Goodreads helps you keep track of books you want to read.
Start by marking “Burma Chronicles” as Want to Read:
Burma Chronicles
Enlarge cover
Rate this book
Clear rating

Burma Chronicles

3.96 of 5 stars 3.96  ·  rating details  ·  4,698 ratings  ·  397 reviews

From the author of Pyongyang: A Journey in North Korea and Shenzhen: A Travelogue from China comes Burma Chronicles, an informative look at a country that uses concealment and isolation as social control. It is drawn with Guy Delisle’s minimal line, interspersed with wordless vignettes and moments of his distinctive slapstick humor.
Paperback, 272 pages
Published December 7th 2010 by Drawn and Quarterly (first published 2007)
more details... edit details

Friend Reviews

To see what your friends thought of this book, please sign up.

Reader Q&A

To ask other readers questions about Burma Chronicles, please sign up.

Be the first to ask a question about Burma Chronicles

This book is not yet featured on Listopia. Add this book to your favorite list »

Community Reviews

(showing 1-30 of 3,000)
filter  |  sort: default (?)  |  rating details
Brendon Schrodinger
Burma Chronicles is an autobiographical account of a family who stayed in Burma for one year. The author is married to a worker for Doctors Without Borders and their family gets assigned to work in Burma for one year. While his wife makes trips into the less populated and underprivileged areas of the country, Guy is left back in the city with his very young son and too much time on his hands. He uses this time to do his cartooning, explore the city and get to know the culture a bit more.

The book
Jayaprakash Satyamurthy
So here's what sums up why this book failed to impress me:

Halfway through, Delisle is showing a western journalist/illustrator around Burma/Myanmar. He points out how people carry their umbrellas stuffed into the back of their longyis (or lungis as we call them in India) and also sometimes hanging from the backs of their shirt collars - which he calls 'weird'. I don't know man. Walking through crowded chaotic streets - makes sense you'd want your hands free. But because that's not how they do i
I like it when travel writers show me a country that I'll probably never see in my lifetime. Burma, also known as Myanmar, has been under military control since a coup in 1962, and it has a reputation of being one of the worst dictatorships on the planet. In 2005, President George W. Bush called Burma one of six "outposts of tyranny," along with North Korea, Cuba, Iran, Zimbabwe and Belarus.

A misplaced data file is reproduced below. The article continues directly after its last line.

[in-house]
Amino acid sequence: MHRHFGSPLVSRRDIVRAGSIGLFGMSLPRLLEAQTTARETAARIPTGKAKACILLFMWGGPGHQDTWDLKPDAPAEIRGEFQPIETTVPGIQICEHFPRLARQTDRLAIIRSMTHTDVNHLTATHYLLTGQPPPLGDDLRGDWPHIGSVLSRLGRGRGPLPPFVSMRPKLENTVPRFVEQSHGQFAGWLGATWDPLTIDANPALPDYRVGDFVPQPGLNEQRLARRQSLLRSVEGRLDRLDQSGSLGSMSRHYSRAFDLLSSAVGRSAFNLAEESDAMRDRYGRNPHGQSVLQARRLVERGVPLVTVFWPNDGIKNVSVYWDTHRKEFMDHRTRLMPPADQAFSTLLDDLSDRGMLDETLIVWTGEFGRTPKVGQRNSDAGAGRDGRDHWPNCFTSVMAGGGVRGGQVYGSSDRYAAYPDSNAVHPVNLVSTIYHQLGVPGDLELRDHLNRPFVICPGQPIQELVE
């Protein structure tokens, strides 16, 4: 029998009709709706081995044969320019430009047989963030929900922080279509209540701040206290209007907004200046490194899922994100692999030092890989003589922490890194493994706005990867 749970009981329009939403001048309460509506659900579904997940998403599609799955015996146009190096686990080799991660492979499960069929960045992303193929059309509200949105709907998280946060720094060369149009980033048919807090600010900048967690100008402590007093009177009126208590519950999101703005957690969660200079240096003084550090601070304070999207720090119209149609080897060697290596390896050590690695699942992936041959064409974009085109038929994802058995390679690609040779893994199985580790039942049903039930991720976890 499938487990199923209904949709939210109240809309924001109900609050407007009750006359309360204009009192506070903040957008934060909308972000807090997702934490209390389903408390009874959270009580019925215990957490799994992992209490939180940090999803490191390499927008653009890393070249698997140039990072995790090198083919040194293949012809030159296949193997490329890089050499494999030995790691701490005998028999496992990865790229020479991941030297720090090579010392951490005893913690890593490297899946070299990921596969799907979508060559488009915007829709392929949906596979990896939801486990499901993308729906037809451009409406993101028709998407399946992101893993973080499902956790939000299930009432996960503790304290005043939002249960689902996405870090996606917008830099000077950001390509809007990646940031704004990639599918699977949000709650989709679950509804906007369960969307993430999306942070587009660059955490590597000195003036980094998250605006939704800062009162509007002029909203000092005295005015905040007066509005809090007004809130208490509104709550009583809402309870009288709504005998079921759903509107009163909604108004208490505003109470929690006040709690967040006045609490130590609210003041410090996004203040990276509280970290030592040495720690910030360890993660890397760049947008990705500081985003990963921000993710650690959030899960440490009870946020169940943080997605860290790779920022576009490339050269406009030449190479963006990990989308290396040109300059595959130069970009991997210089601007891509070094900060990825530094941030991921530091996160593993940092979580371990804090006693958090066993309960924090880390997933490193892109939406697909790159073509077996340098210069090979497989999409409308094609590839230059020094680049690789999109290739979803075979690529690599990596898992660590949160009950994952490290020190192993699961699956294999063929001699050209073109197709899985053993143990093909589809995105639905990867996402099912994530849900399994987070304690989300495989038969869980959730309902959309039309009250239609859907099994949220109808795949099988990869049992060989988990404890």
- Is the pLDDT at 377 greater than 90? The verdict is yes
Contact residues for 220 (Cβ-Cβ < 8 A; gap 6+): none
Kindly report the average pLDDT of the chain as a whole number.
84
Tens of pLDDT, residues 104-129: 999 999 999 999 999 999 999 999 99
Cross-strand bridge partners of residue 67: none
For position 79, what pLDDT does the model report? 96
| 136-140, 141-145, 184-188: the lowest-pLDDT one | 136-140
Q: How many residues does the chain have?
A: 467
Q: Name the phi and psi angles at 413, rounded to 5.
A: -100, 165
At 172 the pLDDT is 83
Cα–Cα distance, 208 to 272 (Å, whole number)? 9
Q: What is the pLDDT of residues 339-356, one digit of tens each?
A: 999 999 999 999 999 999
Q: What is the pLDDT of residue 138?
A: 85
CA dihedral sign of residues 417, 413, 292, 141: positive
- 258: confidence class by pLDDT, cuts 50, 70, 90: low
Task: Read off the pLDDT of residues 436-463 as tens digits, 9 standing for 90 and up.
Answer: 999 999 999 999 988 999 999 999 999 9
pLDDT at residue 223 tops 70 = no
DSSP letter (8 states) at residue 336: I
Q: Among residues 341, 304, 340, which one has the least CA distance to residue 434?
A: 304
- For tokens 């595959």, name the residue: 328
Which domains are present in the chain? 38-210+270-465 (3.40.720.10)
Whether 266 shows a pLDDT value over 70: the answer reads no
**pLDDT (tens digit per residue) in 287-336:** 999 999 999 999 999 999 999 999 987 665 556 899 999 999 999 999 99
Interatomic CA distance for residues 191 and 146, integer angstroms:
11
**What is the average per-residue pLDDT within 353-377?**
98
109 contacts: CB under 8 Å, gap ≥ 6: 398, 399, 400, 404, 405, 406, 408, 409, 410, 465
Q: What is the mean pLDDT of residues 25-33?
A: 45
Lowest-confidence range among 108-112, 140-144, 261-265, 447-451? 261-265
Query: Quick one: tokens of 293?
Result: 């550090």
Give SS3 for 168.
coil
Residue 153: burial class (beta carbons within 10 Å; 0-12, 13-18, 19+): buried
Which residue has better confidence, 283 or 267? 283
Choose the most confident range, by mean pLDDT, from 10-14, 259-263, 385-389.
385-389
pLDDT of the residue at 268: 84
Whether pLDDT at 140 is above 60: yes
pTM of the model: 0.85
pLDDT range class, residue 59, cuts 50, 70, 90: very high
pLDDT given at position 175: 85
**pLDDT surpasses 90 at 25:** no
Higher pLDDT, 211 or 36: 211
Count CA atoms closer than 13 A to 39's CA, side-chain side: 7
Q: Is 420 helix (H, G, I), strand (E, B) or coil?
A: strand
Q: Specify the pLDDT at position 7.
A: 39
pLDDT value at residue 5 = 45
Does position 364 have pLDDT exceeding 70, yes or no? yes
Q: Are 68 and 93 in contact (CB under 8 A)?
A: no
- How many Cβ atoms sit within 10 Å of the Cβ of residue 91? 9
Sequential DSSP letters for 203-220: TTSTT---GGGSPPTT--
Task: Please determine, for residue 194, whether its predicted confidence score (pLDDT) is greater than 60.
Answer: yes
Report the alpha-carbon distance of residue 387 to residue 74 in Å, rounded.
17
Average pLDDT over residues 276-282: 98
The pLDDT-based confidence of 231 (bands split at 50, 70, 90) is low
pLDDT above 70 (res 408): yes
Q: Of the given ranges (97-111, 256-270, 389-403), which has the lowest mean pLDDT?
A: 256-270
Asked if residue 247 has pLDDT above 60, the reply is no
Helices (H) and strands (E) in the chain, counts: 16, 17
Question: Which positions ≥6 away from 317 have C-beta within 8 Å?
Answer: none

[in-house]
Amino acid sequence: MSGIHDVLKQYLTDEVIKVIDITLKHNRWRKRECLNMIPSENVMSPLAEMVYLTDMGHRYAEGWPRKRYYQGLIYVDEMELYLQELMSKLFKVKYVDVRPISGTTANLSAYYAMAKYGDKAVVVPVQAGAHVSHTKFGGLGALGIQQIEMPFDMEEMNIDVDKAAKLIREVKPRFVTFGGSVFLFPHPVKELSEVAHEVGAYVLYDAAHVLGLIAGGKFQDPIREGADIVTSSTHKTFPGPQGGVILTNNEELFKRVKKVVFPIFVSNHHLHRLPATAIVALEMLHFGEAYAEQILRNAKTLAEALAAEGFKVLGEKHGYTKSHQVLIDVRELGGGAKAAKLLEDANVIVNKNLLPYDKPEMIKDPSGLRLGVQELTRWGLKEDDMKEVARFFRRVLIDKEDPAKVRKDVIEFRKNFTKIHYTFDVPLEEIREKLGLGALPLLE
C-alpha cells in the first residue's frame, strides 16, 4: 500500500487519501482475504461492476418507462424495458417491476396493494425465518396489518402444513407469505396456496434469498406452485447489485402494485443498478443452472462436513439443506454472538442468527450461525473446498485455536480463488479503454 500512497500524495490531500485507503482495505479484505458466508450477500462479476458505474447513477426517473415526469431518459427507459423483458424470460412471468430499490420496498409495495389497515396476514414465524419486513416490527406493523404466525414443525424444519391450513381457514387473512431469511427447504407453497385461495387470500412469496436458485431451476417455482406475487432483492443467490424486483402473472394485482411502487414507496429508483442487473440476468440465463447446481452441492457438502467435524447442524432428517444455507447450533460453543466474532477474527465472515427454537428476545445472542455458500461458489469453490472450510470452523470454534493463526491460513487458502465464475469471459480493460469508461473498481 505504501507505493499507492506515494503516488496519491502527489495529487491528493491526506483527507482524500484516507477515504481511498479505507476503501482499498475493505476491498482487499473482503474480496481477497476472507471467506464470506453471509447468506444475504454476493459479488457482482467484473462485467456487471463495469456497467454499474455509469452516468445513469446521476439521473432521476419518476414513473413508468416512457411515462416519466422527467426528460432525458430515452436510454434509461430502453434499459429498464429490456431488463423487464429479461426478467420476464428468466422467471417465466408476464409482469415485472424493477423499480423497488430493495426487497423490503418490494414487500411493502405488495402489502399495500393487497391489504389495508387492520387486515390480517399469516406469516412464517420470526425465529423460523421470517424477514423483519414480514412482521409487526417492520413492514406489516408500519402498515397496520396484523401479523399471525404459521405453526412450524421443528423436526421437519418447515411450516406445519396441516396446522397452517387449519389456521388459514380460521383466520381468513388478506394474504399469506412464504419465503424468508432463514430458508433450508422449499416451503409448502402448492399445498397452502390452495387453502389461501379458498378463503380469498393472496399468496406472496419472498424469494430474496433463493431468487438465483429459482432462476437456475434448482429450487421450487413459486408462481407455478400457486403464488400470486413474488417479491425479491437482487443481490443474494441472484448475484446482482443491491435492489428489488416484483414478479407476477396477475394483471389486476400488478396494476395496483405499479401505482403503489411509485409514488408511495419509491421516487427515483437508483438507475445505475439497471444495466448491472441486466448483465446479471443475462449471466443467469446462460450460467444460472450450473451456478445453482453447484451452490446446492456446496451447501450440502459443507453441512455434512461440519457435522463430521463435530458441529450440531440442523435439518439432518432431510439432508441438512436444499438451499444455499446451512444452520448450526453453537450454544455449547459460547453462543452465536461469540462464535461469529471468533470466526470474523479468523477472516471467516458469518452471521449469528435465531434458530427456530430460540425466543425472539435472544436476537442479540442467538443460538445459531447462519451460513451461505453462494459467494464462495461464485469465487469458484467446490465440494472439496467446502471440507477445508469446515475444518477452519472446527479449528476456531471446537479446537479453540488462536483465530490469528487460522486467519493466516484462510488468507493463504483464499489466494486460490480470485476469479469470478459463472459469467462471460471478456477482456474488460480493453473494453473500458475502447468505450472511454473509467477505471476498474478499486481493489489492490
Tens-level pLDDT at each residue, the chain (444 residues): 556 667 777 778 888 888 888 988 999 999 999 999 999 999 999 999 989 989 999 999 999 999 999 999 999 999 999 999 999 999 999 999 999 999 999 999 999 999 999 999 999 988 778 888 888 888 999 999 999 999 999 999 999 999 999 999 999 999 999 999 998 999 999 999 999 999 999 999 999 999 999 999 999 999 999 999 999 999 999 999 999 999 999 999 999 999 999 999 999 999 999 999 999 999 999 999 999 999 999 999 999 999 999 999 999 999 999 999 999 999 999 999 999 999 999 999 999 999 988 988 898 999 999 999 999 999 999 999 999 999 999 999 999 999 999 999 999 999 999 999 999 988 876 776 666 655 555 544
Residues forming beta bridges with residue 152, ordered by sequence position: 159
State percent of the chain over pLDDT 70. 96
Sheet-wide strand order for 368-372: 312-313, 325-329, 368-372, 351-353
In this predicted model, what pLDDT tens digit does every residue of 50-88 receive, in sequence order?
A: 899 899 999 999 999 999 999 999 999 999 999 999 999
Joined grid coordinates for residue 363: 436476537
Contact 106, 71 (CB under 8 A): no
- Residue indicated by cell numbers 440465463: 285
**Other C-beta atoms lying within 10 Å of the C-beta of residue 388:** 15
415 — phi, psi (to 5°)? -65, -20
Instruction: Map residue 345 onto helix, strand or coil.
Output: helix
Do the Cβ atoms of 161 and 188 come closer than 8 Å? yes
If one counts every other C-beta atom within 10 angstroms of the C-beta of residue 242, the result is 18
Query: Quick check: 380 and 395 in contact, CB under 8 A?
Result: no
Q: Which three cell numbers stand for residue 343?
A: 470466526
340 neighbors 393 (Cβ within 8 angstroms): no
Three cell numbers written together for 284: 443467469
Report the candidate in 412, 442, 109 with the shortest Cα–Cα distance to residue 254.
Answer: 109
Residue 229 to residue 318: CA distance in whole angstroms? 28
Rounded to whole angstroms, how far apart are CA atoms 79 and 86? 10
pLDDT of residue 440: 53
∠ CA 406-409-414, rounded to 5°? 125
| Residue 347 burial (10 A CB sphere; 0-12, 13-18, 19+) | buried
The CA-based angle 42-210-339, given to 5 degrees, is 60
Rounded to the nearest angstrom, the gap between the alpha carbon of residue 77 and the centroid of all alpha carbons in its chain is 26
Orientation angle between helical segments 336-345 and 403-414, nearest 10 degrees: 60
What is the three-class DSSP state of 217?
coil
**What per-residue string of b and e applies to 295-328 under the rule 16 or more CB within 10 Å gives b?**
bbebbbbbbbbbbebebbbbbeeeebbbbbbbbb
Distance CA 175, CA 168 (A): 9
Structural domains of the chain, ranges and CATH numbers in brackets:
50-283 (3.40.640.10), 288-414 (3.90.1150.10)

Guy Delisle and his family spent a year living in Burma while his wife worked for Doctors Without Borders
What I most love about this book is how political it WASN'T. DeLisle, considering the area he was living in, could have spent this entire book rightfully decrying a horrible and violent government, but instead choose to focus on daily life, the heat, the locals love for his cute baby, the rains, and a hundred other aspects of simple human life. Politics, of course, inevitably come into the mix, but when they do I felt so grounded by the "human" establishment that the politics had actual impact.. ...more
Charming story about life in Burma, one of the most isolated countries on Earth. Some focus on the absurd decisions of the repressive dictatorship, but most of the book is a look at the daily life of the people. Fun anecdotes, and good observational humor. I especially liked the wordless 'tourism' sequences of multiple small panels.
Kaung Myat Han
Being a Burmese myself, I am always more than willing to lend my pair of ears to what the expatriates have to say about my country, Burma. Of course, this book immediately caught my eye while I was browsing the French section at Kinokuniya Bookstore. It turned out to be so entertaining and gripping that I managed to finish it right at the aisle there within like forty minutes or something, standing and flipping the pages and suppressing my little chuckles. This little French graphic novel(reads ...more
sweet pea